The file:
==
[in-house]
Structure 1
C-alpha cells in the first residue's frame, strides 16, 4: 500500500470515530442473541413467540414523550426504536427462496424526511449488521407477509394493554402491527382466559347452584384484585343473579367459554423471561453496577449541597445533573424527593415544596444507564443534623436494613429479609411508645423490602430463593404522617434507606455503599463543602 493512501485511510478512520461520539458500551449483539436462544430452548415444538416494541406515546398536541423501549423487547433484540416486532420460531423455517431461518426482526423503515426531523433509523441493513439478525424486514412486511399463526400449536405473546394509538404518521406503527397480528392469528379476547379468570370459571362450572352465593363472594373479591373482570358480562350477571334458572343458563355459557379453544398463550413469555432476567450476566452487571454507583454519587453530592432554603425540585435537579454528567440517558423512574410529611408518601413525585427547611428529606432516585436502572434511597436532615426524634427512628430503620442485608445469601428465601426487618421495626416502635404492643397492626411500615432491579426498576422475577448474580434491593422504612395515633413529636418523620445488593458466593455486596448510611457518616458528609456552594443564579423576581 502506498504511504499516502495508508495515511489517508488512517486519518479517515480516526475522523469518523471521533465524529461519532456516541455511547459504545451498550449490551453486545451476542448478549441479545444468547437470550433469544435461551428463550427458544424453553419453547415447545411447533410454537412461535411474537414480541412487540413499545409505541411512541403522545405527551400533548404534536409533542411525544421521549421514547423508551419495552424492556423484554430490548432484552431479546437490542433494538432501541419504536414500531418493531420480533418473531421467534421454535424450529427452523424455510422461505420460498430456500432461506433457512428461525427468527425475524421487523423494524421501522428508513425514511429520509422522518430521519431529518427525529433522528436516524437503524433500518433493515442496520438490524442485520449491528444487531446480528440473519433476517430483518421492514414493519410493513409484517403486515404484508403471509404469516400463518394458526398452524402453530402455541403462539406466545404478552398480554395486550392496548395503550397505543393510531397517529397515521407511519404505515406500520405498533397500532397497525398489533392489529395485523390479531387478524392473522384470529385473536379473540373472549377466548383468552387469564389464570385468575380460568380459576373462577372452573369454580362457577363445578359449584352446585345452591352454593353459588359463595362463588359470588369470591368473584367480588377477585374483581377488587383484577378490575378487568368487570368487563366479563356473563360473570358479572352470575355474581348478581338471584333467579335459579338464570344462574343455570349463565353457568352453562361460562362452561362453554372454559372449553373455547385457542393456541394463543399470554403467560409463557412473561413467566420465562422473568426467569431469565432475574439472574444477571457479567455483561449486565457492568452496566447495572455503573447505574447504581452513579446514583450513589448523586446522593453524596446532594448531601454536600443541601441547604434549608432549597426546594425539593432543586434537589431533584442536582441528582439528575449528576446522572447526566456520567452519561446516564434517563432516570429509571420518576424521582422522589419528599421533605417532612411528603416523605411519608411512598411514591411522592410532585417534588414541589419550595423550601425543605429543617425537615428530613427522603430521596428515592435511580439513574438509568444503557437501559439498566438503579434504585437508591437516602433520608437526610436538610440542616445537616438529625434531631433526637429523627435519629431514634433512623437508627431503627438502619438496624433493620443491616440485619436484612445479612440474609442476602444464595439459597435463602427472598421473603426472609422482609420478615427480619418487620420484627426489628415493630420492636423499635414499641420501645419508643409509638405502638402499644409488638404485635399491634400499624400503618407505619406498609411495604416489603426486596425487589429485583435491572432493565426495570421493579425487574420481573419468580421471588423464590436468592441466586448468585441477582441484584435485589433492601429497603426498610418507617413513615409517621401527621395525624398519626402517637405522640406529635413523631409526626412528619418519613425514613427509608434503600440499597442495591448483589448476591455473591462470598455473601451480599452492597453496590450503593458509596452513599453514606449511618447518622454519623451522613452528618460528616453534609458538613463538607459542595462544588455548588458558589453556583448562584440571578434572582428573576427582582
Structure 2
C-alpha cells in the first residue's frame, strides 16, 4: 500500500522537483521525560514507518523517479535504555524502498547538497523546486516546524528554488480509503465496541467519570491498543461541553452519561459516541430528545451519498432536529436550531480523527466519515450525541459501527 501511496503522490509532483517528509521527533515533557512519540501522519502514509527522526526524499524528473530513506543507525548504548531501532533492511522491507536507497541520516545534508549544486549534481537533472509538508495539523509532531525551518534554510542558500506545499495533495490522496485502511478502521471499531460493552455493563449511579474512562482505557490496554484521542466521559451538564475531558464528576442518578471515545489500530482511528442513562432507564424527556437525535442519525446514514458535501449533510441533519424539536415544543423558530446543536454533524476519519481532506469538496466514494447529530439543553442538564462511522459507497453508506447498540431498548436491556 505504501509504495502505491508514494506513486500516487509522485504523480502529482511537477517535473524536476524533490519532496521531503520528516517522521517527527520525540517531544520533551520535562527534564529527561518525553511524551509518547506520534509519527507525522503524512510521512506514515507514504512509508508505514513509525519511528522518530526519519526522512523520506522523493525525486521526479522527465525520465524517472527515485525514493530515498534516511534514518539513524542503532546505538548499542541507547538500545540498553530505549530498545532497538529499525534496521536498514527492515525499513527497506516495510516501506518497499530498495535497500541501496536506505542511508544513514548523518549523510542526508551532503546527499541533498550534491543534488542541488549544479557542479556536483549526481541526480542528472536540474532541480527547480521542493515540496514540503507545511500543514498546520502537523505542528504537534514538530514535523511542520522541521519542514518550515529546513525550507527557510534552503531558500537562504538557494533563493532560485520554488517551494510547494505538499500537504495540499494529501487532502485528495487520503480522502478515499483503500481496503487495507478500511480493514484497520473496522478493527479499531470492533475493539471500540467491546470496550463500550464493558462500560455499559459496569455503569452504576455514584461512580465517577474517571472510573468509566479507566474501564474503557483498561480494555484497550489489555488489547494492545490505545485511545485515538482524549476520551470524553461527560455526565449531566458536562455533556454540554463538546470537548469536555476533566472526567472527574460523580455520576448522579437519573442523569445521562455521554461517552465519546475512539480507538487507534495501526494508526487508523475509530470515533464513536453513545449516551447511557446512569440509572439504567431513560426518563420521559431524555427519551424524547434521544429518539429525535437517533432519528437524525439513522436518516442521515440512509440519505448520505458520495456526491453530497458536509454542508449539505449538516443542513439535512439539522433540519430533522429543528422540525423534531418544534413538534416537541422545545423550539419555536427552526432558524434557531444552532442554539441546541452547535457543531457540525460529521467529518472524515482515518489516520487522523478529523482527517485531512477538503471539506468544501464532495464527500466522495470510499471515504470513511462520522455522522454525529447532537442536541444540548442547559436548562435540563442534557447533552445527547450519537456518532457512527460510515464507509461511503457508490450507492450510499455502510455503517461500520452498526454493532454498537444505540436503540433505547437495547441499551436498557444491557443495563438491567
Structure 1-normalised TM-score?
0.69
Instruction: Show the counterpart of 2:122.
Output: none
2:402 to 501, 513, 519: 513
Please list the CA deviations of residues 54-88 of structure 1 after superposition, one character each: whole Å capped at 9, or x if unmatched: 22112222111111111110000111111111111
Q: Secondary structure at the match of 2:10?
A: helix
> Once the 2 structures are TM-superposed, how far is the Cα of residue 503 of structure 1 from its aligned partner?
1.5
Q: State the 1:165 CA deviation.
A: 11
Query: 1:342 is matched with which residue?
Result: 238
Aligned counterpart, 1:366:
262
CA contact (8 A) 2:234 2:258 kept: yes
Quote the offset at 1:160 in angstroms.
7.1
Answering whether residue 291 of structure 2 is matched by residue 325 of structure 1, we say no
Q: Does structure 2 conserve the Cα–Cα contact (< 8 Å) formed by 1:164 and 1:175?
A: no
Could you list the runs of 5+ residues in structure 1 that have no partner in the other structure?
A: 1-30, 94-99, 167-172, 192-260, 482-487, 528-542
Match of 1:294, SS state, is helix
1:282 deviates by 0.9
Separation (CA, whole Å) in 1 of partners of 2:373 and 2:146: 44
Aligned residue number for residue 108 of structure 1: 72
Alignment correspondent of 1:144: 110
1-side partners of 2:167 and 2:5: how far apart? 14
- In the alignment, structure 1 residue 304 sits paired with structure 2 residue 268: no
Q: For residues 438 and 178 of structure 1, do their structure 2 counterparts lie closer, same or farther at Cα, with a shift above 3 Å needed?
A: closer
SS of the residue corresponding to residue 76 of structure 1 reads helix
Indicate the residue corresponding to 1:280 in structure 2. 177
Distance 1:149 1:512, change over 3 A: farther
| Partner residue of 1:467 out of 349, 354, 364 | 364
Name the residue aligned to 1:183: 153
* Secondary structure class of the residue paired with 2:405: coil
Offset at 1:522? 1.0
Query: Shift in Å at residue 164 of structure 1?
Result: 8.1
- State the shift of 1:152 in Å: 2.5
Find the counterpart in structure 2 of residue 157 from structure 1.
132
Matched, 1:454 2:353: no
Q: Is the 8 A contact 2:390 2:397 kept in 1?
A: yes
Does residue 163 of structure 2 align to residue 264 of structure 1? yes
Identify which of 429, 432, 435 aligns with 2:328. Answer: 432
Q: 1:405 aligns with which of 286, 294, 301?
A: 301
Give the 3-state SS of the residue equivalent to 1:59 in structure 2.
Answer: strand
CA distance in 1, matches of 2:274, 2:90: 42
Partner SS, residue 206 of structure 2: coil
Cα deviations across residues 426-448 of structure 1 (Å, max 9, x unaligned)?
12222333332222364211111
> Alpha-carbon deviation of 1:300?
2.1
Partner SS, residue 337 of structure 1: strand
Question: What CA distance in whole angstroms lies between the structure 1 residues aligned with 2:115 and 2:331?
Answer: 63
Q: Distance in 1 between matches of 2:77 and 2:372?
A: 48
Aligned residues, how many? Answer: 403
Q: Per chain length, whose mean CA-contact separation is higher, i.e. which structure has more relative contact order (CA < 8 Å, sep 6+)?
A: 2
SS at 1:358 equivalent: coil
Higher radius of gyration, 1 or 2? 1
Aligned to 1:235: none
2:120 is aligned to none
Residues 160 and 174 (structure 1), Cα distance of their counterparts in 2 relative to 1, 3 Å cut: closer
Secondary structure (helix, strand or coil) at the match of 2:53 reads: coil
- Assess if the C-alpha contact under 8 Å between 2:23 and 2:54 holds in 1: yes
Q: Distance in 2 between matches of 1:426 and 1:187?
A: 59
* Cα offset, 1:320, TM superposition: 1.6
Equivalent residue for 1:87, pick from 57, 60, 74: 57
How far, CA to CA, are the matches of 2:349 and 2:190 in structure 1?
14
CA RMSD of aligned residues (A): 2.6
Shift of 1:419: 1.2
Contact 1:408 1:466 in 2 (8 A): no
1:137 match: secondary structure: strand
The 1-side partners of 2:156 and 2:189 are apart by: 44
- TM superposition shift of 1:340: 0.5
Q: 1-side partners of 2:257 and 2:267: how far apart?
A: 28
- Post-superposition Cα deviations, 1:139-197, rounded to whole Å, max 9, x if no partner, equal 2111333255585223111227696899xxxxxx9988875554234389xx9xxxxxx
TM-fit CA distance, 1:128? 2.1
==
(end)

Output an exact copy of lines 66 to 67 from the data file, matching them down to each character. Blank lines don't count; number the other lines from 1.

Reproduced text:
Partner SS, residue 337 of structure 1: strand
Question: What CA distance in whole angstroms lies between the structure 1 residues aligned with 2:115 and 2:331?